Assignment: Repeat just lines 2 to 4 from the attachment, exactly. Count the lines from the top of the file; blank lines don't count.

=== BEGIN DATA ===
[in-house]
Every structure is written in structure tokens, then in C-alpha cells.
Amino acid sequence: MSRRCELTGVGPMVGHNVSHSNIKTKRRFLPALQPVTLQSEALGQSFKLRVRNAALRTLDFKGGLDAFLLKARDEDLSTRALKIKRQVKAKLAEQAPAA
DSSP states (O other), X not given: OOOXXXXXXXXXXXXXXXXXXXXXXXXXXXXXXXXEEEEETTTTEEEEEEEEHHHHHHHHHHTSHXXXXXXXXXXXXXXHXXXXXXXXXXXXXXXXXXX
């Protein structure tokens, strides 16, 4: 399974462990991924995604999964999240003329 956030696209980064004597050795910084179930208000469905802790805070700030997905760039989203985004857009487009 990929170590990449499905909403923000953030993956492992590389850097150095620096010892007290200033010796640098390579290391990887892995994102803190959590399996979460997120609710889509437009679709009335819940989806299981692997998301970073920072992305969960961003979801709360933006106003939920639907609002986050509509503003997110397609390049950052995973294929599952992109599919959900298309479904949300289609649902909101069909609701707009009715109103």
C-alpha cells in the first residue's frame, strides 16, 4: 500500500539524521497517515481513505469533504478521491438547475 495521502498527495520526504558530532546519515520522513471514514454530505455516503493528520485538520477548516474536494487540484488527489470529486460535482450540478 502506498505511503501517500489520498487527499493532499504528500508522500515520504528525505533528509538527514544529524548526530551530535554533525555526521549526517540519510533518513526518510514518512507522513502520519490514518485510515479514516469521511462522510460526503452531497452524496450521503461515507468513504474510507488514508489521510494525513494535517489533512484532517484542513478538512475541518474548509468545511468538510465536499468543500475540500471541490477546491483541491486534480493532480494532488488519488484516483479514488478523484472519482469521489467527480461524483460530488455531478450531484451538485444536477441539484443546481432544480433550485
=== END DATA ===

Every structure is written in structure tokens, then in C-alpha cells.
Amino acid sequence: MSRRCELTGVGPMVGHNVSHSNIKTKRRFLPALQPVTLQSEALGQSFKLRVRNAALRTLDFKGGLDAFLLKARDEDLSTRALKIKRQVKAKLAEQAPAA
DSSP states (O other), X not given: OOOXXXXXXXXXXXXXXXXXXXXXXXXXXXXXXXXEEEEETTTTEEEEEEEEHHHHHHHHHHTSHXXXXXXXXXXXXXXHXXXXXXXXXXXXXXXXXXX